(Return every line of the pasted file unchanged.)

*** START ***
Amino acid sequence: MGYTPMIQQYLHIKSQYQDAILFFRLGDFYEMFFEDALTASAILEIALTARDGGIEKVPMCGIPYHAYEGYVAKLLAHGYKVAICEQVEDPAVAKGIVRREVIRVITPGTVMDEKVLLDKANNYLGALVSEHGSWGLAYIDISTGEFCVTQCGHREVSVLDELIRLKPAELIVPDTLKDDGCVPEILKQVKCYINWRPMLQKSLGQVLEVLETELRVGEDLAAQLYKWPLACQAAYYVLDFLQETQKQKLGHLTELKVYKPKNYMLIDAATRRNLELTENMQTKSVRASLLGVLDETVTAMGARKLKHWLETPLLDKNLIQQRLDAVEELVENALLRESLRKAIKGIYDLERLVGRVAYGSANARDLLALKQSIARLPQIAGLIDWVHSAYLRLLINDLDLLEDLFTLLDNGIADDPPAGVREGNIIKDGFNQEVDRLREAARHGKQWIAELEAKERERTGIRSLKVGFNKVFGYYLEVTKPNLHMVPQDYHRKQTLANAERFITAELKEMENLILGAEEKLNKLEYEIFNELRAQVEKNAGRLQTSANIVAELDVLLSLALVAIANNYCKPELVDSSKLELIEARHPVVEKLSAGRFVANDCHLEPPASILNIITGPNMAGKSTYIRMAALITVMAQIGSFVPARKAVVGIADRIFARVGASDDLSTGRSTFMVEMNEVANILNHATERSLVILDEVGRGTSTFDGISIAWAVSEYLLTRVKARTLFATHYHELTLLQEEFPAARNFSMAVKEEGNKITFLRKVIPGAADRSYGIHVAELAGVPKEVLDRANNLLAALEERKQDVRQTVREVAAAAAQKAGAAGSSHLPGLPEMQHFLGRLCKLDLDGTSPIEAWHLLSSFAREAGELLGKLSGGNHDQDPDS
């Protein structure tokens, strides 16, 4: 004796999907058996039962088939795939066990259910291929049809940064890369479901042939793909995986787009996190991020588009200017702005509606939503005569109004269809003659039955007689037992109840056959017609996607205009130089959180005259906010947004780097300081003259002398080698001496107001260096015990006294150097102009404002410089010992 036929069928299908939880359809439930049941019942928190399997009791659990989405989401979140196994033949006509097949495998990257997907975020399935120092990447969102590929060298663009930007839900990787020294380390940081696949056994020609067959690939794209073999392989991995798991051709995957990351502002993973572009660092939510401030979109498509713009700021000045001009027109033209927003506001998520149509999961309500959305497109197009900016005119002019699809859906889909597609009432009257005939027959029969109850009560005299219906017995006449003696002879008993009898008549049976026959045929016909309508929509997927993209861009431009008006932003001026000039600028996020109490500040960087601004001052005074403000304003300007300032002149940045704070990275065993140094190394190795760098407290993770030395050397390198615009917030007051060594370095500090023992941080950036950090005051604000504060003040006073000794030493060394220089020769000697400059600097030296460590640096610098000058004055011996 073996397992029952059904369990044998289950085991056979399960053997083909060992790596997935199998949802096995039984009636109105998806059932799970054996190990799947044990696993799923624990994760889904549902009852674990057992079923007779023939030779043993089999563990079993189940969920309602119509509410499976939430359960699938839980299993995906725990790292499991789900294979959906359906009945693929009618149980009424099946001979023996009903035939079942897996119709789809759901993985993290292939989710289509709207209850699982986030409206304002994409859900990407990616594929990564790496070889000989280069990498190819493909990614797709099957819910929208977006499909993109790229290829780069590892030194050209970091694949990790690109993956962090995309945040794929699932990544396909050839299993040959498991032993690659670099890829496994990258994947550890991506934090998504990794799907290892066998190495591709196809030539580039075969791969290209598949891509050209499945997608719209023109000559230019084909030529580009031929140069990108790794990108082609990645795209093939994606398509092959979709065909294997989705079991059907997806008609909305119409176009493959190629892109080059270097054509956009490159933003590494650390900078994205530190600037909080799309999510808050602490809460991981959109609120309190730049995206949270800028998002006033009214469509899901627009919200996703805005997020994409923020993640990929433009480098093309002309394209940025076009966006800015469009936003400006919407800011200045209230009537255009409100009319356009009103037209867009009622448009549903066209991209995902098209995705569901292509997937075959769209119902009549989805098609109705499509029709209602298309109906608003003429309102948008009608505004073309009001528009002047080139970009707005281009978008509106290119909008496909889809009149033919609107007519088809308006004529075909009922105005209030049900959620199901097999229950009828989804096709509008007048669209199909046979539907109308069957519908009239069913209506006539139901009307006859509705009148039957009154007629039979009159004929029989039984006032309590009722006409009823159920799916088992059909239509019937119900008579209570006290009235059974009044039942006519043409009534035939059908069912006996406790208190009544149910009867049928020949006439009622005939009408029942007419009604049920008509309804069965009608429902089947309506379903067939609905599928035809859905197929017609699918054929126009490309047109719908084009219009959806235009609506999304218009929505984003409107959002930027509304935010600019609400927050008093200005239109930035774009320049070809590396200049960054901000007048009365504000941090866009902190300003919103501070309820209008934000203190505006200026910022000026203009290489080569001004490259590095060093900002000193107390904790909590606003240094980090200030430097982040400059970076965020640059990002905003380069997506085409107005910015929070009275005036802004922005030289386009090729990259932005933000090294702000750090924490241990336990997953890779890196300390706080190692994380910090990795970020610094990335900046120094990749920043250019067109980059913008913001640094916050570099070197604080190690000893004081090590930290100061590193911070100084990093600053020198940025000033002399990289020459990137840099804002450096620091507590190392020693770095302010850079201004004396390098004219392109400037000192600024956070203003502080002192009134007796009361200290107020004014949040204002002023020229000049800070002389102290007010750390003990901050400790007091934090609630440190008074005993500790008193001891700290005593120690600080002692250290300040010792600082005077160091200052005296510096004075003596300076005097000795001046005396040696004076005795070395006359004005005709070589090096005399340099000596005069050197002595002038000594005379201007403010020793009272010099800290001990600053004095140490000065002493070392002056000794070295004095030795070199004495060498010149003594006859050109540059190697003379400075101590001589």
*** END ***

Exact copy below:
Amino acid sequence: MGYTPMIQQYLHIKSQYQDAILFFRLGDFYEMFFEDALTASAILEIALTARDGGIEKVPMCGIPYHAYEGYVAKLLAHGYKVAICEQVEDPAVAKGIVRREVIRVITPGTVMDEKVLLDKANNYLGALVSEHGSWGLAYIDISTGEFCVTQCGHREVSVLDELIRLKPAELIVPDTLKDDGCVPEILKQVKCYINWRPMLQKSLGQVLEVLETELRVGEDLAAQLYKWPLACQAAYYVLDFLQETQKQKLGHLTELKVYKPKNYMLIDAATRRNLELTENMQTKSVRASLLGVLDETVTAMGARKLKHWLETPLLDKNLIQQRLDAVEELVENALLRESLRKAIKGIYDLERLVGRVAYGSANARDLLALKQSIARLPQIAGLIDWVHSAYLRLLINDLDLLEDLFTLLDNGIADDPPAGVREGNIIKDGFNQEVDRLREAARHGKQWIAELEAKERERTGIRSLKVGFNKVFGYYLEVTKPNLHMVPQDYHRKQTLANAERFITAELKEMENLILGAEEKLNKLEYEIFNELRAQVEKNAGRLQTSANIVAELDVLLSLALVAIANNYCKPELVDSSKLELIEARHPVVEKLSAGRFVANDCHLEPPASILNIITGPNMAGKSTYIRMAALITVMAQIGSFVPARKAVVGIADRIFARVGASDDLSTGRSTFMVEMNEVANILNHATERSLVILDEVGRGTSTFDGISIAWAVSEYLLTRVKARTLFATHYHELTLLQEEFPAARNFSMAVKEEGNKITFLRKVIPGAADRSYGIHVAELAGVPKEVLDRANNLLAALEERKQDVRQTVREVAAAAAQKAGAAGSSHLPGLPEMQHFLGRLCKLDLDGTSPIEAWHLLSSFAREAGELLGKLSGGNHDQDPDS
């Protein structure tokens, strides 16, 4: 004796999907058996039962088939795939066990259910291929049809940064890369479901042939793909995986787009996190991020588009200017702005509606939503005569109004269809003659039955007689037992109840056959017609996607205009130089959180005259906010947004780097300081003259002398080698001496107001260096015990006294150097102009404002410089010992 036929069928299908939880359809439930049941019942928190399997009791659990989405989401979140196994033949006509097949495998990257997907975020399935120092990447969102590929060298663009930007839900990787020294380390940081696949056994020609067959690939794209073999392989991995798991051709995957990351502002993973572009660092939510401030979109498509713009700021000045001009027109033209927003506001998520149509999961309500959305497109197009900016005119002019699809859906889909597609009432009257005939027959029969109850009560005299219906017995006449003696002879008993009898008549049976026959045929016909309508929509997927993209861009431009008006932003001026000039600028996020109490500040960087601004001052005074403000304003300007300032002149940045704070990275065993140094190394190795760098407290993770030395050397390198615009917030007051060594370095500090023992941080950036950090005051604000504060003040006073000794030493060394220089020769000697400059600097030296460590640096610098000058004055011996 073996397992029952059904369990044998289950085991056979399960053997083909060992790596997935199998949802096995039984009636109105998806059932799970054996190990799947044990696993799923624990994760889904549902009852674990057992079923007779023939030779043993089999563990079993189940969920309602119509509410499976939430359960699938839980299993995906725990790292499991789900294979959906359906009945693929009618149980009424099946001979023996009903035939079942897996119709789809759901993985993290292939989710289509709207209850699982986030409206304002994409859900990407990616594929990564790496070889000989280069990498190819493909990614797709099957819910929208977006499909993109790229290829780069590892030194050209970091694949990790690109993956962090995309945040794929699932990544396909050839299993040959498991032993690659670099890829496994990258994947550890991506934090998504990794799907290892066998190495591709196809030539580039075969791969290209598949891509050209499945997608719209023109000559230019084909030529580009031929140069990108790794990108082609990645795209093939994606398509092959979709065909294997989705079991059907997806008609909305119409176009493959190629892109080059270097054509956009490159933003590494650390900078994205530190600037909080799309999510808050602490809460991981959109609120309190730049995206949270800028998002006033009214469509899901627009919200996703805005997020994409923020993640990929433009480098093309002309394209940025076009966006800015469009936003400006919407800011200045209230009537255009409100009319356009009103037209867009009622448009549903066209991209995902098209995705569901292509997937075959769209119902009549989805098609109705499509029709209602298309109906608003003429309102948008009608505004073309009001528009002047080139970009707005281009978008509106290119909008496909889809009149033919609107007519088809308006004529075909009922105005209030049900959620199901097999229950009828989804096709509008007048669209199909046979539907109308069957519908009239069913209506006539139901009307006859509705009148039957009154007629039979009159004929029989039984006032309590009722006409009823159920799916088992059909239509019937119900008579209570006290009235059974009044039942006519043409009534035939059908069912006996406790208190009544149910009867049928020949006439009622005939009408029942007419009604049920008509309804069965009608429902089947309506379903067939609905599928035809859905197929017609699918054929126009490309047109719908084009219009959806235009609506999304218009929505984003409107959002930027509304935010600019609400927050008093200005239109930035774009320049070809590396200049960054901000007048009365504000941090866009902190300003919103501070309820209008934000203190505006200026910022000026203009290489080569001004490259590095060093900002000193107390904790909590606003240094980090200030430097982040400059970076965020640059990002905003380069997506085409107005910015929070009275005036802004922005030289386009090729990259932005933000090294702000750090924490241990336990997953890779890196300390706080190692994380910090990795970020610094990335900046120094990749920043250019067109980059913008913001640094916050570099070197604080190690000893004081090590930290100061590193911070100084990093600053020198940025000033002399990289020459990137840099804002450096620091507590190392020693770095302010850079201004004396390098004219392109400037000192600024956070203003502080002192009134007796009361200290107020004014949040204002002023020229000049800070002389102290007010750390003990901050400790007091934090609630440190008074005993500790008193001891700290005593120690600080002692250290300040010792600082005077160091200052005296510096004075003596300076005097000795001046005396040696004076005795070395006359004005005709070589090096005399340099000596005069050197002595002038000594005379201007403010020793009272010099800290001990600053004095140490000065002493070392002056000794070295004095030795070199004495060498010149003594006859050109540059190697003379400075101590001589």